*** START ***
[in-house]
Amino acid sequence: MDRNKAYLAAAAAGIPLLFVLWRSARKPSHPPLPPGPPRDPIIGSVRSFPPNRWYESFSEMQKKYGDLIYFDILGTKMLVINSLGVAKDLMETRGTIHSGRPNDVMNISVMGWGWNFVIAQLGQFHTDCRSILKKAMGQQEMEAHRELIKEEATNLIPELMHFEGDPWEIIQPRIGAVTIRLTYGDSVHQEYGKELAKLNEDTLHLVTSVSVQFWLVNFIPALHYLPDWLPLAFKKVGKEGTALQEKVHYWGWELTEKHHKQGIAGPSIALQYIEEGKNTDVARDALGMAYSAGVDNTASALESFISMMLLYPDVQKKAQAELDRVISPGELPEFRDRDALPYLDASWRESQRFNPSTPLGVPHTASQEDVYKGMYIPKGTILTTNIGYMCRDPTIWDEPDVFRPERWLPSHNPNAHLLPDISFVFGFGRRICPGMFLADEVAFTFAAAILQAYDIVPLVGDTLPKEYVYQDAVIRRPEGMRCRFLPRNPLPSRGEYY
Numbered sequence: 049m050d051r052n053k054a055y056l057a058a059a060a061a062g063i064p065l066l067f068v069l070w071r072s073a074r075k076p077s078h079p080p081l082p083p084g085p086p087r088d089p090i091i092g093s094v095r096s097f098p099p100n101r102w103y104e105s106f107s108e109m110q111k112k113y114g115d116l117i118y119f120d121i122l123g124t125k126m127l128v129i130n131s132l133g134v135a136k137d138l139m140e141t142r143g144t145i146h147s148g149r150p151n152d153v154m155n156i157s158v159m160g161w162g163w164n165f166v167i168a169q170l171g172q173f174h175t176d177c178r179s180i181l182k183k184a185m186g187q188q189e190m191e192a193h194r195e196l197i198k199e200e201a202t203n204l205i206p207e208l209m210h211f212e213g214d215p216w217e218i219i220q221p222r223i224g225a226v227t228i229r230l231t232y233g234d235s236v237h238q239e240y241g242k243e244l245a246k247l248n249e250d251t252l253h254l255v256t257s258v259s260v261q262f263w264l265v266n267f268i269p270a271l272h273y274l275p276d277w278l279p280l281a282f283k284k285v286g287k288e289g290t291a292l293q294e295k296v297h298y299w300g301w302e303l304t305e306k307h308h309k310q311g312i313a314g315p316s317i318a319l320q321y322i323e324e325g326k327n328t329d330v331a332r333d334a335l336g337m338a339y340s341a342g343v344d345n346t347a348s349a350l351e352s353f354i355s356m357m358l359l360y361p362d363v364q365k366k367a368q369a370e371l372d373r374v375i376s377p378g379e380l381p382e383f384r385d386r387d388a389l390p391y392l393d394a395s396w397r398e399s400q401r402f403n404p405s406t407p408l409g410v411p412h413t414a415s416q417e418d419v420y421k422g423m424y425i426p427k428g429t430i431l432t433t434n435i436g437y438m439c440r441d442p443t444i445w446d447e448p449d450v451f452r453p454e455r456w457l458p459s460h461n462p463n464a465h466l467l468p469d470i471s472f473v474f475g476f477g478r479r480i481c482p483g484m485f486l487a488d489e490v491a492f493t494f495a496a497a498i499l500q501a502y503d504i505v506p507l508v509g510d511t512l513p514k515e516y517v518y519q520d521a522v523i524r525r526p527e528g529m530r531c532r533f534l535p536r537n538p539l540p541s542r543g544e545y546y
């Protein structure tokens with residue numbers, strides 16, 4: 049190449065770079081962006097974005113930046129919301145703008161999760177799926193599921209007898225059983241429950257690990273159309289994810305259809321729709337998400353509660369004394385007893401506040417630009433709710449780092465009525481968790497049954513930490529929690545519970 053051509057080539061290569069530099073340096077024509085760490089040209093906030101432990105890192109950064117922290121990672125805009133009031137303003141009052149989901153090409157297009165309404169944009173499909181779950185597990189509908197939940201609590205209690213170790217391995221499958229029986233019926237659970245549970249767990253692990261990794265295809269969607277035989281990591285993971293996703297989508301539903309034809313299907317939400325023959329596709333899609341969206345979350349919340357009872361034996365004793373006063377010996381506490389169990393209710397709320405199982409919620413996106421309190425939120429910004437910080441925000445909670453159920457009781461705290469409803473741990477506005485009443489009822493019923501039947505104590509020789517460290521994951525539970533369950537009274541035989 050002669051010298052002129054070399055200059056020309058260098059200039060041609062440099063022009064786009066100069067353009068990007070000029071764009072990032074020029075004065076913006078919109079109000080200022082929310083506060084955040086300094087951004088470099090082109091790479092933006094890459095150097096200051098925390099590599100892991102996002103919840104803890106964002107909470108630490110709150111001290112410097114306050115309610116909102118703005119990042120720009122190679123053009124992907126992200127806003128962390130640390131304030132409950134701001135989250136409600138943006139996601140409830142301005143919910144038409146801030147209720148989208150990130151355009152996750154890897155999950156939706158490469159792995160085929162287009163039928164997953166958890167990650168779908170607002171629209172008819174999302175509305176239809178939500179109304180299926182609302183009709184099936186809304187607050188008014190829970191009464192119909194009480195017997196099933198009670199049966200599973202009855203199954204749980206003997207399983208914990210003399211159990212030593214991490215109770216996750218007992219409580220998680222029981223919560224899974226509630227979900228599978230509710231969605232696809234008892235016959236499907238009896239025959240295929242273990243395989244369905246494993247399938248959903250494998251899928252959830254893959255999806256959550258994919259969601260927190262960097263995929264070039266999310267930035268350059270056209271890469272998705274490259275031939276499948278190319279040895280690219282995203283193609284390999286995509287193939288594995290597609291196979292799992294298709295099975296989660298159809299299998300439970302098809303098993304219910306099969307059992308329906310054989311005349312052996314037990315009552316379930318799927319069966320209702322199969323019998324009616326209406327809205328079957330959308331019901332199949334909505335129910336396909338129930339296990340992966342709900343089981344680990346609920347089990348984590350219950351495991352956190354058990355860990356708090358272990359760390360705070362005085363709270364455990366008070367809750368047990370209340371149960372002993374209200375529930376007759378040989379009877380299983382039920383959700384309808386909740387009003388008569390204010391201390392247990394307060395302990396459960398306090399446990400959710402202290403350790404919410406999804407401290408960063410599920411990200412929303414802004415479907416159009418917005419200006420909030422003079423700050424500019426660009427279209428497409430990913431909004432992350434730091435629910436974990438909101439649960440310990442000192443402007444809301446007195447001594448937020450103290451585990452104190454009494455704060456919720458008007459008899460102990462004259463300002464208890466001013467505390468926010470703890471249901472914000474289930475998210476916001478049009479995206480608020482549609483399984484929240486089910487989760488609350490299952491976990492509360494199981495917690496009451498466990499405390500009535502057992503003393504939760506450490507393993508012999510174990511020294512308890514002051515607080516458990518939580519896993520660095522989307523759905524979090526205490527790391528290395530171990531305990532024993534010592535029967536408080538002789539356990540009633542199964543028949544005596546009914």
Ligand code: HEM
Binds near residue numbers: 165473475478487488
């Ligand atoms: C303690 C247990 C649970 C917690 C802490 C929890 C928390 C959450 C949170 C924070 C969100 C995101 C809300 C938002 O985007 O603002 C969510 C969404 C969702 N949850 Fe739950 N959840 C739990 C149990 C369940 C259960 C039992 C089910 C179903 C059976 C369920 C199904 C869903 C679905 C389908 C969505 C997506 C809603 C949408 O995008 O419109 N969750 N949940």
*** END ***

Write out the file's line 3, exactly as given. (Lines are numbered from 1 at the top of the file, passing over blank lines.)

Numbered sequence: 049m050d051r052n053k054a055y056l057a058a059a060a061a062g063i064p065l066l067f068v069l070w071r072s073a074r075k076p077s078h079p080p081l082p083p084g085p086p087r088d089p090i091i092g093s094v095r096s097f098p099p100n101r102w103y104e105s106f107s108e109m110q111k112k113y114g115d116l117i118y119f120d121i122l123g124t125k126m127l128v129i130n131s132l133g134v135a136k137d138l139m140e141t142r143g144t145i146h147s148g149r150p151n152d153v154m155n156i157s158v159m160g161w162g163w164n165f166v167i168a169q170l171g172q173f174h175t176d177c178r179s180i181l182k183k184a185m186g187q188q189e190m191e192a193h194r195e196l197i198k199e200e201a202t203n204l205i206p207e208l209m210h211f212e213g214d215p216w217e218i219i220q221p222r223i224g225a226v227t228i229r230l231t232y233g234d235s236v237h238q239e240y241g242k243e244l245a246k247l248n249e250d251t252l253h254l255v256t257s258v259s260v261q262f263w264l265v266n267f268i269p270a271l272h273y274l275p276d277w278l279p280l281a282f283k284k285v286g287k288e289g290t291a292l293q294e295k296v297h298y299w300g301w302e303l304t305e306k307h308h309k310q311g312i313a314g315p316s317i318a319l320q321y322i323e324e325g326k327n328t329d330v331a332r333d334a335l336g337m338a339y340s341a342g343v344d345n346t347a348s349a350l351e352s353f354i355s356m357m358l359l360y361p362d363v364q365k366k367a368q369a370e371l372d373r374v375i376s377p378g379e380l381p382e383f384r385d386r387d388a389l390p391y392l393d394a395s396w397r398e399s400q401r402f403n404p405s406t407p408l409g410v411p412h413t414a415s416q417e418d419v420y421k422g423m424y425i426p427k428g429t430i431l432t433t434n435i436g437y438m439c440r441d442p443t444i445w446d447e448p449d450v451f452r453p454e455r456w457l458p459s460h461n462p463n464a465h466l467l468p469d470i471s472f473v474f475g476f477g478r479r480i481c482p483g484m485f486l487a488d489e490v491a492f493t494f495a496a497a498i499l500q501a502y503d504i505v506p507l508v509g510d511t512l513p514k515e516y517v518y519q520d521a522v523i524r525r526p527e528g529m530r531c532r533f534l535p536r537n538p539l540p541s542r543g544e545y546y